Before becoming chief executive officer of Titus Regional Medical Center in Mount Pleasant, Texas, last August, John Allen already had 14 years of experience working with highly intelligent individuals whose focus was expertise in their field, not developing the management skills needed for leadership roles. It was not dissimilar to the relationship between health care CEOs and physicians as they confront the unprecedented change in care delivery.

Unlike those of other hospital CEOs, Allen's leadership skills were honed among engineers and other experts who did high-end research and development in the uses of supercomputers. He then served as a consultant for nine years before becoming a vice president with a 500-bed Level I trauma center in 2008 and then CEO of a long-term acute care facility in 2012, both in Minnesota. But Allen says he's at home in today's uncertain, changing health care environment.

"There's really nothing new under the sun as you go from industry to industry," he says. "Each industry has its own language, its own set of acronyms. But the changes we face are quite common."

Seasoned executives are there for the taking in industries that experienced the fundamental rethinking of strategic and organizational foundations now facing the health care field, says Mark Madden, senior vice president, executive search, at B. E. Smith, the firm that placed Allen at Titus Regional. What's holding health care back is partly "the tendency to be way too traditional in assessment and evaluation of what the leaders can do, and their career path," he says. "In other words, there were very specific steps that they had to take" to work their way up the hospital management ladder. Madden advises boards to break free of that.

In considering someone from outside health care, core leadership skills must be present. "What our industry has not really been known for in the past is a high level of agility and adaptability," Madden says. The way markets are going, leaders don't have the luxury of time, so they have to be calculated risk-takers. And when confident of going down the right path, they need to know how to capitalize on it, move quicker and better, and then step back and quickly decide what is working, and fix areas that need to be redirected, he says.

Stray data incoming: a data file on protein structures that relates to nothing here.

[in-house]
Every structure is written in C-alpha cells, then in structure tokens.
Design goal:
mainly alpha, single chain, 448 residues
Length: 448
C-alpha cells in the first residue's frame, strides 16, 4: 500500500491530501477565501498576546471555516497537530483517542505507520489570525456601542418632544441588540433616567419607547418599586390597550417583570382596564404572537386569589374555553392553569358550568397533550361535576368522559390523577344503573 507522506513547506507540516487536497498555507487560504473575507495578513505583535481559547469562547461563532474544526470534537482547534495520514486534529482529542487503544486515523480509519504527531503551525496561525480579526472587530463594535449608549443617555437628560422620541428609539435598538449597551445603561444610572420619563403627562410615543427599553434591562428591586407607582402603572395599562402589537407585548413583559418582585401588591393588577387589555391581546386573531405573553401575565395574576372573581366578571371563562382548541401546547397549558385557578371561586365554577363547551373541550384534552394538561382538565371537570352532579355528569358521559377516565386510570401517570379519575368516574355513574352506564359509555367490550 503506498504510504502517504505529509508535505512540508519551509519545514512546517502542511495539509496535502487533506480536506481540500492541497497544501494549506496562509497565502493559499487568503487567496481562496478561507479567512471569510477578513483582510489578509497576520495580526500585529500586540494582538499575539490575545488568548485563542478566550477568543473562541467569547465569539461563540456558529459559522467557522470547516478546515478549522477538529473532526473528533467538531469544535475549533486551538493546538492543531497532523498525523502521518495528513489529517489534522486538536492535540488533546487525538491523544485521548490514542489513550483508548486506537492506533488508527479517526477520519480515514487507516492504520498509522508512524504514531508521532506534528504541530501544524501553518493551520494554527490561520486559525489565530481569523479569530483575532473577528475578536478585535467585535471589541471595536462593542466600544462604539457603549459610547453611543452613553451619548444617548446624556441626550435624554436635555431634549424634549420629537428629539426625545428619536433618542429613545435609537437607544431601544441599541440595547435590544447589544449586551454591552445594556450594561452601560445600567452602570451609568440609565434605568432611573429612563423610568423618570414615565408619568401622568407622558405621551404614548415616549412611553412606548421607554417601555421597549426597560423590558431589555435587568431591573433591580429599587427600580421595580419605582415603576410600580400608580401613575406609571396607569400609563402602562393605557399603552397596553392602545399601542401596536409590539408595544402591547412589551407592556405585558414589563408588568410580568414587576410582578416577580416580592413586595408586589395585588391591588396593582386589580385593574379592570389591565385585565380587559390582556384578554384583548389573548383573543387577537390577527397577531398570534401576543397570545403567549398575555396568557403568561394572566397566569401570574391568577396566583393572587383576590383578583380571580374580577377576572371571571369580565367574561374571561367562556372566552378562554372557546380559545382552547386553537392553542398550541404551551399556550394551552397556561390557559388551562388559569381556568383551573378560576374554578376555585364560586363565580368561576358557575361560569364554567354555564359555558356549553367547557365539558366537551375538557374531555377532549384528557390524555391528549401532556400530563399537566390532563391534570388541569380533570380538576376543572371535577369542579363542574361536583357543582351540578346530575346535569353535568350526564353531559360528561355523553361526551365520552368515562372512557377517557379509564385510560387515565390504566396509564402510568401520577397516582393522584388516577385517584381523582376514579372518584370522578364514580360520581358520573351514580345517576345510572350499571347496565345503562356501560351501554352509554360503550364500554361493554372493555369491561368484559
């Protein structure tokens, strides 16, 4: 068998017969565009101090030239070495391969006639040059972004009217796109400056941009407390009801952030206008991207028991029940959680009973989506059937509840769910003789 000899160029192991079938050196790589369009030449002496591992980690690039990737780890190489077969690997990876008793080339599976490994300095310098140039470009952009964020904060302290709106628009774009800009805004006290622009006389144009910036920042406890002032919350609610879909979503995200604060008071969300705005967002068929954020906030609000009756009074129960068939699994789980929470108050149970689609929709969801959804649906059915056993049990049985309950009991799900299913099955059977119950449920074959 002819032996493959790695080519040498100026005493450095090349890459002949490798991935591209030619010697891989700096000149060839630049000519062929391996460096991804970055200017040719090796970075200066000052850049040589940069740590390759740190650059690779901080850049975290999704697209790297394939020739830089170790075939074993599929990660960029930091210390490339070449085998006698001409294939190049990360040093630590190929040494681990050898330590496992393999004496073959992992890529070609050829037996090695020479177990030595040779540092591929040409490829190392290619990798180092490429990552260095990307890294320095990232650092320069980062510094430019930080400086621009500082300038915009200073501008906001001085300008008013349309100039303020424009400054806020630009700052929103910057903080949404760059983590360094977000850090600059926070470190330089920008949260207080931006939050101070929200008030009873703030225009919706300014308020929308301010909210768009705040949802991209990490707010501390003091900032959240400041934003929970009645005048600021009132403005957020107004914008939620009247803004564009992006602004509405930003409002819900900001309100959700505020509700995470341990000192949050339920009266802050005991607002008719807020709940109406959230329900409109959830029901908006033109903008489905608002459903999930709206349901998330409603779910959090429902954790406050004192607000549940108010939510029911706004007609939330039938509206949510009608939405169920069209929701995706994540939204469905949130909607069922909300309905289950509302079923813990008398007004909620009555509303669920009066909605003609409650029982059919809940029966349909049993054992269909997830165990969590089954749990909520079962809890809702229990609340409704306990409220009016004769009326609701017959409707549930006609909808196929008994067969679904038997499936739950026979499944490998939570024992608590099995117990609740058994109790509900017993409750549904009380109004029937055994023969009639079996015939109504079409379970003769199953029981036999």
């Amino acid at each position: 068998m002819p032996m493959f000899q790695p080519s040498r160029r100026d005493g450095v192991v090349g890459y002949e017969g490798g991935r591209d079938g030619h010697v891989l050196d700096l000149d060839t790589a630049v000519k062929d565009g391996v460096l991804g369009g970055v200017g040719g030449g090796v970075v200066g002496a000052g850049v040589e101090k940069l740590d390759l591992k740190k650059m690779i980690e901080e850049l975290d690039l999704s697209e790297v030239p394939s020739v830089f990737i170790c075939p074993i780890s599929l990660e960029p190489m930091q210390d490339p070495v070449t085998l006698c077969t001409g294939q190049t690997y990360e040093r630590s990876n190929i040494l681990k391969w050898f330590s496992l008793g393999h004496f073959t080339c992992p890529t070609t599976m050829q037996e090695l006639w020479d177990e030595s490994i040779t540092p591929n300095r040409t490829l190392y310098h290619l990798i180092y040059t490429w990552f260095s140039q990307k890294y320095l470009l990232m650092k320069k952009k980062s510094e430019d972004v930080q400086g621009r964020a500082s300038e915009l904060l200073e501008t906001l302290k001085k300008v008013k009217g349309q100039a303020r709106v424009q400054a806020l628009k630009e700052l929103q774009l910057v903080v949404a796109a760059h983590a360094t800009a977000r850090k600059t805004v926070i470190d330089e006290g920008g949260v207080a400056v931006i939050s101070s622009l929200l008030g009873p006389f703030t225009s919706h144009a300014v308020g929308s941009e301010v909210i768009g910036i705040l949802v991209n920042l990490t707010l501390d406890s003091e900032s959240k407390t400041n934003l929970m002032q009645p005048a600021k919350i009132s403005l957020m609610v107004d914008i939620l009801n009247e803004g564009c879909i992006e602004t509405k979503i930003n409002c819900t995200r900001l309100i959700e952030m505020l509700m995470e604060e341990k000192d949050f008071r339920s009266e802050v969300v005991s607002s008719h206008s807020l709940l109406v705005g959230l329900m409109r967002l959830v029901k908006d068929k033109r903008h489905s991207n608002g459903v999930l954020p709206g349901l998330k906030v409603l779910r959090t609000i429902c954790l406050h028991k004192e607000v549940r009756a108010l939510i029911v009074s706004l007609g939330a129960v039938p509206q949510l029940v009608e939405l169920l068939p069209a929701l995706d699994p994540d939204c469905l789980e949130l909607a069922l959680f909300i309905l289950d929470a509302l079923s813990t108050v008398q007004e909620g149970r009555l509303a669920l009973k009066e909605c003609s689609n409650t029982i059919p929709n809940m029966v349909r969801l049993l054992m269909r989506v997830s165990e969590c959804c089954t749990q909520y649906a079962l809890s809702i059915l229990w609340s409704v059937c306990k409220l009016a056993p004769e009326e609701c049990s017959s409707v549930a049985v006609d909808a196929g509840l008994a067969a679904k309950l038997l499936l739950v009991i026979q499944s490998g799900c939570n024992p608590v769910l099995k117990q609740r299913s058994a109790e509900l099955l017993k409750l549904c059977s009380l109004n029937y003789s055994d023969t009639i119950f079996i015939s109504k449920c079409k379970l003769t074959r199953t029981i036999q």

Veterans of Transformation

Some executives are drawn to such challenges. Mary Ellen Schopp, who joined Chicago's Rush University Medical Center in 2010 as senior vice president of human resources, spent more than 20 years in consumer packaged goods and distribution of maintenance supplies before taking the newly created position. Those industries went through business transformations in what they did and who they needed to help do it. "I have always operated in organizations that were on the cusp of change," says Schopp, and in 2010, "health care was just that."

Once on the job, Schopp talked with leaders at Rush about other industries experiencing "cataclysmic change" and emphasized that health care is at that point. "It required them to take stock and reflect back on everything that they've been doing and how they've been doing it," she says.